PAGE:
Friday 24 November 2017

ECB helps lift euro zone mood in February, outside of Germany

Mario Draghi, president of the European Central Bank (ECB). Photographer: Martin Leissl/Bloomberg
Mario Draghi, president of the European Central Bank (ECB). Photographer: Martin Leissl/Bloomberg

Confidence in the euro zone's economy strengthened for the second straight month in February, but the improving morale in Italy, France and Spain was not shared in Germany, where there was less support for the ECB's money printing plan.

The European Commission's economic sentiment indicator rose by 0.7 points to 102.1, the EU executive said on Thursday, helped by households feeling more confident about shopping, which had a knock-on effect on retail and services.

That reading was better than the 101.9-point forecast by economists in a Reuters poll, although the Commission's business climate indicator disappointed, falling slightly by 0.05 points to 0.07, as managers of expectations of orders worsened.

Overall, the data suggests the ECB's decision to launch a 1.1 trillion euro program of government-bond buying - announced on Jan. 22 - helped the mood in the euro zone. Still, that was not the case in Germany and neighboring the Netherlands, where economic sentiment declined 0.5 points in both countries.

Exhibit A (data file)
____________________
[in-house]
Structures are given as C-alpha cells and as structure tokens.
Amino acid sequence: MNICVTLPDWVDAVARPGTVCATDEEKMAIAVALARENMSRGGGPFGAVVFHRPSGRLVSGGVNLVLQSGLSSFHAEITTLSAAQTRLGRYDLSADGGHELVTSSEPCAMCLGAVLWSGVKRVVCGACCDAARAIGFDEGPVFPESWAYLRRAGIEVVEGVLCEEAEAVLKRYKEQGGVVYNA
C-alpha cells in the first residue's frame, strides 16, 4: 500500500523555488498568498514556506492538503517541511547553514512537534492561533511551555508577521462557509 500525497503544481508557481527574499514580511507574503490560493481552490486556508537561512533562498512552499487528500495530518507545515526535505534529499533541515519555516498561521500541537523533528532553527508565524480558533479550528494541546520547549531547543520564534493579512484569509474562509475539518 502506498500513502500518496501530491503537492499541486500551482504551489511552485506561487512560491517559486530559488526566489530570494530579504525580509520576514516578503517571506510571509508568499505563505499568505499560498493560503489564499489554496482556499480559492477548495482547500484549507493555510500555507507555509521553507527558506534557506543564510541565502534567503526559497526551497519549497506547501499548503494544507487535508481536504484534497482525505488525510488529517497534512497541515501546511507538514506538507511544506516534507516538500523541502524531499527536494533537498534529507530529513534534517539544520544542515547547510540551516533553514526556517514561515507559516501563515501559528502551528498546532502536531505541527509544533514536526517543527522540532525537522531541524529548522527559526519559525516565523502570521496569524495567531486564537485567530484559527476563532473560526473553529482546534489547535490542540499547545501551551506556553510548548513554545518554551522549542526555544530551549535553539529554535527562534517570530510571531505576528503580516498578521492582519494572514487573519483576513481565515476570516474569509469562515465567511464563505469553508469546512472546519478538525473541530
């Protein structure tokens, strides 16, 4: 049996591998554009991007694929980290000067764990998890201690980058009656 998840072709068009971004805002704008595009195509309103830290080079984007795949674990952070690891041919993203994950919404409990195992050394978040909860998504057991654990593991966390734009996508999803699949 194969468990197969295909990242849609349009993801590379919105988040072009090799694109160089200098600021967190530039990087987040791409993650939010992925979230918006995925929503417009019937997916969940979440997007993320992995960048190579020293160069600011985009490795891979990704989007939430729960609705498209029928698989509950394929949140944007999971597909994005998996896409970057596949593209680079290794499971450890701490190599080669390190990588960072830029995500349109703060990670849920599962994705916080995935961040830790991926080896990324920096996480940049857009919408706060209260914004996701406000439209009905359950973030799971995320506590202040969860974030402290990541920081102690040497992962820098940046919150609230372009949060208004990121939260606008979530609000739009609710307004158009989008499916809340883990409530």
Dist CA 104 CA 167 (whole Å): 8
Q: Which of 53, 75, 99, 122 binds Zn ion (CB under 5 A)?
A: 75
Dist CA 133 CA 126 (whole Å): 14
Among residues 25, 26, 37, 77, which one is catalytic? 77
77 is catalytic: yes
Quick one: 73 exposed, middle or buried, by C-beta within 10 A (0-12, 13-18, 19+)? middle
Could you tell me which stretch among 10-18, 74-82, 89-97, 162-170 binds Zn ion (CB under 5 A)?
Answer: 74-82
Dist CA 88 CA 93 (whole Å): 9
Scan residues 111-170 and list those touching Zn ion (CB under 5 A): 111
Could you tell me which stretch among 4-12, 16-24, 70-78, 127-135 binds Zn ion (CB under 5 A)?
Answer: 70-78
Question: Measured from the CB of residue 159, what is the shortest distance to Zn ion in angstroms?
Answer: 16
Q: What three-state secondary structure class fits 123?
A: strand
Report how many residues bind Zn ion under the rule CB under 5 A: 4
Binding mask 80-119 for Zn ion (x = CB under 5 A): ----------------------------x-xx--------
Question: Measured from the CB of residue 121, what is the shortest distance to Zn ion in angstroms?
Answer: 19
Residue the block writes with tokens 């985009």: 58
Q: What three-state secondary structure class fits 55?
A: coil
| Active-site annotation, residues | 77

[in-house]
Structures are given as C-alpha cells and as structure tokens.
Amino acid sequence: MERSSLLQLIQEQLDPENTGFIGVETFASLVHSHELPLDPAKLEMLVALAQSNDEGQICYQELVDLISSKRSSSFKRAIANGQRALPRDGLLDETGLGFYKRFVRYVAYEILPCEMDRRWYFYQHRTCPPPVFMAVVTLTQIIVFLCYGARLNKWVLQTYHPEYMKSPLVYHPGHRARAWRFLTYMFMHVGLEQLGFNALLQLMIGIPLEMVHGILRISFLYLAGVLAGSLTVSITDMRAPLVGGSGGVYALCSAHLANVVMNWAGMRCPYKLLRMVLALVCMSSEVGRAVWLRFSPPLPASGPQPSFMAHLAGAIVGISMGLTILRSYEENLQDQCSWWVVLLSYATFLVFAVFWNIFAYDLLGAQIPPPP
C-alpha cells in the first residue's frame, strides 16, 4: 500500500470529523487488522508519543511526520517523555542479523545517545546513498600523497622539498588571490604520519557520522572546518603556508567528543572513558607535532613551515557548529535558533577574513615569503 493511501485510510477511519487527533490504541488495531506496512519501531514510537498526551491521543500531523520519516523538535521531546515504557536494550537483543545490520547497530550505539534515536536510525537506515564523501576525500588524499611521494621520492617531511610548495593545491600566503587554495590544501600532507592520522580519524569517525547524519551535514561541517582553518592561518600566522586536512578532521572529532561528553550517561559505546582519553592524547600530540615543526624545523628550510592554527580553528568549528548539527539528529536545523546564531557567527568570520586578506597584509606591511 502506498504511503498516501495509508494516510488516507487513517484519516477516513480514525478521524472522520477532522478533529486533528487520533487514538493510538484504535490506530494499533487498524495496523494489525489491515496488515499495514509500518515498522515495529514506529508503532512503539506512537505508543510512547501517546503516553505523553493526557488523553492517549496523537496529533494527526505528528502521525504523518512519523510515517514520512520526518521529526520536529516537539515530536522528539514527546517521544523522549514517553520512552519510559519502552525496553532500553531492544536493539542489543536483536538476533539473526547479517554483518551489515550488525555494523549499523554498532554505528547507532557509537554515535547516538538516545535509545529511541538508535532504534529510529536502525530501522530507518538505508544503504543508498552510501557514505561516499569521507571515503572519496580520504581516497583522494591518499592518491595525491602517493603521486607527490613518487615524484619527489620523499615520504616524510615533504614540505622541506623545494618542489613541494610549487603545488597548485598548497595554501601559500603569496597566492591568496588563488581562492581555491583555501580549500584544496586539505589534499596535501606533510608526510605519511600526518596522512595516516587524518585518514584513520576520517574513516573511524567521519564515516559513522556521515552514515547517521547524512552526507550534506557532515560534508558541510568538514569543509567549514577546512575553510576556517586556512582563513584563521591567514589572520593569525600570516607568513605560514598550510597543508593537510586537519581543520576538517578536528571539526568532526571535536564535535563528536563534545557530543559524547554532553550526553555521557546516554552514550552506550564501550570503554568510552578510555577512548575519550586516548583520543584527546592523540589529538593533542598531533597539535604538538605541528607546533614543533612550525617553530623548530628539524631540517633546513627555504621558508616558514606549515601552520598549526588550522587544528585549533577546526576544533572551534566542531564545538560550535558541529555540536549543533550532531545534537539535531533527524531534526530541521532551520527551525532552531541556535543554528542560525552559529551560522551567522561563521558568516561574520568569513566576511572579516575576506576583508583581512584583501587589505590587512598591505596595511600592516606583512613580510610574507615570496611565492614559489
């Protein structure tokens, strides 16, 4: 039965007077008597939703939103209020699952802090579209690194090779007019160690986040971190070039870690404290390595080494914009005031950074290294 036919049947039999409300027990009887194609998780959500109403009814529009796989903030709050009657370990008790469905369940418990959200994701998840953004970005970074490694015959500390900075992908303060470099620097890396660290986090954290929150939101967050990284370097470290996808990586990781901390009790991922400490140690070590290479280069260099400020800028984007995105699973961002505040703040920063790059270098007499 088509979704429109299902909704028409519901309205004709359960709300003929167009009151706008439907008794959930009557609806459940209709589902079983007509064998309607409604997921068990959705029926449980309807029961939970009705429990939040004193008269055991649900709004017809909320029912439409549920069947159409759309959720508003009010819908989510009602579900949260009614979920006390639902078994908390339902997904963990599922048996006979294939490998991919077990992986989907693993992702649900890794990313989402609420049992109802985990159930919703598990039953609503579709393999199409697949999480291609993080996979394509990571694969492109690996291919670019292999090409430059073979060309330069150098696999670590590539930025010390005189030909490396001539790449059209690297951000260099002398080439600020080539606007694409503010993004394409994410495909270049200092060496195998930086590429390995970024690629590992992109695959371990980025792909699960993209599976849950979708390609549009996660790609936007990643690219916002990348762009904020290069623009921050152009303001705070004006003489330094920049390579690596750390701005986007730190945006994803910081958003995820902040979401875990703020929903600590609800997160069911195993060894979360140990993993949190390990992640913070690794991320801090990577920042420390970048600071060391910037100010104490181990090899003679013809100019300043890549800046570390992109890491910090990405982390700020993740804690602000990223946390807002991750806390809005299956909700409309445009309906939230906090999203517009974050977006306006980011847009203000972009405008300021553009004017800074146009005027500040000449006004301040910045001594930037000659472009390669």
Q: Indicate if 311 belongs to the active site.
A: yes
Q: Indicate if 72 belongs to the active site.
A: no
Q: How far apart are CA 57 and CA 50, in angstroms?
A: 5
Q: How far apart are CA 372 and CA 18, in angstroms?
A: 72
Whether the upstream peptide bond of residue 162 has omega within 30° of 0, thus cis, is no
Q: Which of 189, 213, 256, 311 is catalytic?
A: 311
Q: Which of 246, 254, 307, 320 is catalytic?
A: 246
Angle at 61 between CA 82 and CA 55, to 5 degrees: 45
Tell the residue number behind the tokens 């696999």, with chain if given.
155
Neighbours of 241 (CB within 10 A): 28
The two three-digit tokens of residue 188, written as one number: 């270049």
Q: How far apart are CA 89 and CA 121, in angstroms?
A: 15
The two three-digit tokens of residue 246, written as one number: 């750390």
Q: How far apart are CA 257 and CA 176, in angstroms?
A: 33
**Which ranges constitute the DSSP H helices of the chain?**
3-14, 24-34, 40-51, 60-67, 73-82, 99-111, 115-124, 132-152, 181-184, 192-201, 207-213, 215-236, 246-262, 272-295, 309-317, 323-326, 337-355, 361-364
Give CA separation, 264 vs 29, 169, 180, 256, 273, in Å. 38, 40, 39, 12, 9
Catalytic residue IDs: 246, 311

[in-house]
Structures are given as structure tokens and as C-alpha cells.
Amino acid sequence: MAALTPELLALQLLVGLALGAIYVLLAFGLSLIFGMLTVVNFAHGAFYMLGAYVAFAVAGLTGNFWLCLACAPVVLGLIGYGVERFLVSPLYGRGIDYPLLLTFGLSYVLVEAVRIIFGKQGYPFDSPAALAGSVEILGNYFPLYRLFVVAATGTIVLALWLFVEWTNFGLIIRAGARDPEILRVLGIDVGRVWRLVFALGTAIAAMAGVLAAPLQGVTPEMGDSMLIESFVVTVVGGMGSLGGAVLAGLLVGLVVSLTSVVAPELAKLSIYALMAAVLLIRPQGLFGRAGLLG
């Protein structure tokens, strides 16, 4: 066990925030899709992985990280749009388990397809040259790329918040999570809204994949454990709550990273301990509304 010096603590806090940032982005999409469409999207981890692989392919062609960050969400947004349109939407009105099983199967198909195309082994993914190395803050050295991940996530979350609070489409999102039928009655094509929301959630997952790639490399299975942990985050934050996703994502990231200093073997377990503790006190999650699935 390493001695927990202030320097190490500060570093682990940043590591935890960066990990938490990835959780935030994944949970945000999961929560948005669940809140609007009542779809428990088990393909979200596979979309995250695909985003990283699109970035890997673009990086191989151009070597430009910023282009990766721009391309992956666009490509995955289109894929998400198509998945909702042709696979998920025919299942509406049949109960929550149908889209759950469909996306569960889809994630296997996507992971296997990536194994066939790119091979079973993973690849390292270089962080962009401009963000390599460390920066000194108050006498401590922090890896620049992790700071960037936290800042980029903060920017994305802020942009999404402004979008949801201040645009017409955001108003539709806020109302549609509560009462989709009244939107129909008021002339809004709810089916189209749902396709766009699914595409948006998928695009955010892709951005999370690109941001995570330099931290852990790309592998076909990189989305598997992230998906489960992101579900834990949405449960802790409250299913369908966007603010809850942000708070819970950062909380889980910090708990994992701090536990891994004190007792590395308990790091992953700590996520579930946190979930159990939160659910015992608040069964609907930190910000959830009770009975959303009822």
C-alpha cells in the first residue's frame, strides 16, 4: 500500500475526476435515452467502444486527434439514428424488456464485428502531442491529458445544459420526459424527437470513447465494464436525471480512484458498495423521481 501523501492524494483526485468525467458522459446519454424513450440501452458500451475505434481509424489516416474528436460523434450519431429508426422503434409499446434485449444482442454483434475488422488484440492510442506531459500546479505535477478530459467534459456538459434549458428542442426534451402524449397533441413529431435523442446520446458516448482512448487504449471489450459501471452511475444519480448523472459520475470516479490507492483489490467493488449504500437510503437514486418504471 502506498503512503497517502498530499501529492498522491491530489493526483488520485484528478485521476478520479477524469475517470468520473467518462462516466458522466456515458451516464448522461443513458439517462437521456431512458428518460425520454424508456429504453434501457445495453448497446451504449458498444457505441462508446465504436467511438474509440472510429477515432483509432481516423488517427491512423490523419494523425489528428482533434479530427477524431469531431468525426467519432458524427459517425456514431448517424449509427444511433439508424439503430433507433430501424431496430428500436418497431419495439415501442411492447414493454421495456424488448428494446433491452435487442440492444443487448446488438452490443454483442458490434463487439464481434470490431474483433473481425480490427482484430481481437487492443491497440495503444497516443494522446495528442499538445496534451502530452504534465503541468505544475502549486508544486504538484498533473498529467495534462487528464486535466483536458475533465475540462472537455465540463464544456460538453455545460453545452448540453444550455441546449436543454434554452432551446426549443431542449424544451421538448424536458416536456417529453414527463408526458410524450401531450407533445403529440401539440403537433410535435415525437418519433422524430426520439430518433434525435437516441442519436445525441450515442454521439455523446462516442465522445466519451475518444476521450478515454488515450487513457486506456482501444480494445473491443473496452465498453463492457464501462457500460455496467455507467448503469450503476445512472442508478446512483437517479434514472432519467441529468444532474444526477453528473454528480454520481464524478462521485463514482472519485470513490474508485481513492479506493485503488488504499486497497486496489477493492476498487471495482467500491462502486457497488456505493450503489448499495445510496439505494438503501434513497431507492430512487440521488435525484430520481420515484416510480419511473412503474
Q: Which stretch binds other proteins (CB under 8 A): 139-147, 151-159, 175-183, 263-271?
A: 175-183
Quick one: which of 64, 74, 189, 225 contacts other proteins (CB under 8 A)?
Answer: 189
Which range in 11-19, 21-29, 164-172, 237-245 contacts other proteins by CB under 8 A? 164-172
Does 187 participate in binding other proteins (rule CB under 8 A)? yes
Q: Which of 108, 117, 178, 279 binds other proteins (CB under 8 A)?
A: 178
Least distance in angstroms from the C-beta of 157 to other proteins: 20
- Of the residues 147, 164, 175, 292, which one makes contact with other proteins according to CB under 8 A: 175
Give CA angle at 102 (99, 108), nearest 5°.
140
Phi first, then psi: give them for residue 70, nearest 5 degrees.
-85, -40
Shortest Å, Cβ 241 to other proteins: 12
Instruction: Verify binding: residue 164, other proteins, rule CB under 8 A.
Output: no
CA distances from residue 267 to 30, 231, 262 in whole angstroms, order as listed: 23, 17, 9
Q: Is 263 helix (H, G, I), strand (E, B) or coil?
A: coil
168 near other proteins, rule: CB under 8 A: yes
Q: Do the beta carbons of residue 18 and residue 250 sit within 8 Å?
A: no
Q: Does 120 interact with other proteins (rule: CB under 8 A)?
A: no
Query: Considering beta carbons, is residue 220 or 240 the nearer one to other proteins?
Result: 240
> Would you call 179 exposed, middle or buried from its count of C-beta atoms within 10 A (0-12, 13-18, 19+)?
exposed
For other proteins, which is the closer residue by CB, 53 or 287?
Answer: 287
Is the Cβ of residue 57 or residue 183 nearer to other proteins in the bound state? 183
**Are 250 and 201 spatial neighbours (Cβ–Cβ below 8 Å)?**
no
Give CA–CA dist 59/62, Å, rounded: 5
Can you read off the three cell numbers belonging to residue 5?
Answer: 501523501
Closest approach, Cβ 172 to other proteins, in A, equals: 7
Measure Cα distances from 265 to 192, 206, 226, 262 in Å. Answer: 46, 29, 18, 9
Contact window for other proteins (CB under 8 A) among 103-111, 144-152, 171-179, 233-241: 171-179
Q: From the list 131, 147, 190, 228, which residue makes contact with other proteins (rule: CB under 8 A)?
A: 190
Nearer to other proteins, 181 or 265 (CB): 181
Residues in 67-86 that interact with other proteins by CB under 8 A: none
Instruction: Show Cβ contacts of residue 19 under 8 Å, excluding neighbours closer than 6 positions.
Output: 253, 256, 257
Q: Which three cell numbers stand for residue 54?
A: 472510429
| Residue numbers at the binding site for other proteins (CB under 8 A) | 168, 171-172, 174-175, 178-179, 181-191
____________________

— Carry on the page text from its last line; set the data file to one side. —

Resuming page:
The bloc's 2010-2014 debt crisis destroyed business confidence, while during the aftermath, falling consumer prices have set in across the currency area.

That prompted the European Central Bank to announce a money-printing plan to revive inflation. From next month until September 2016, the ECB will purchase sovereign debt to release €60bn a month into the economy.

Germany's Bundesbank opposed the ECB's bond-buying plan and the German government voiced reservations that it removed incentives for euro zone member states to carry out the kind of structural reforms prescribed by Chancellor Angela Merkel.

The economic sentiment data for February puts it back at a level last seen in July, also suggesting that the impact of the crisis in Ukraine and the conflict with Russia that flared early last year is also weighing less on investors' minds.

Online Editors

Promoted Links

Business Newsletter

Read the leading stories from the world of Business.

Promoted Links

Also in Business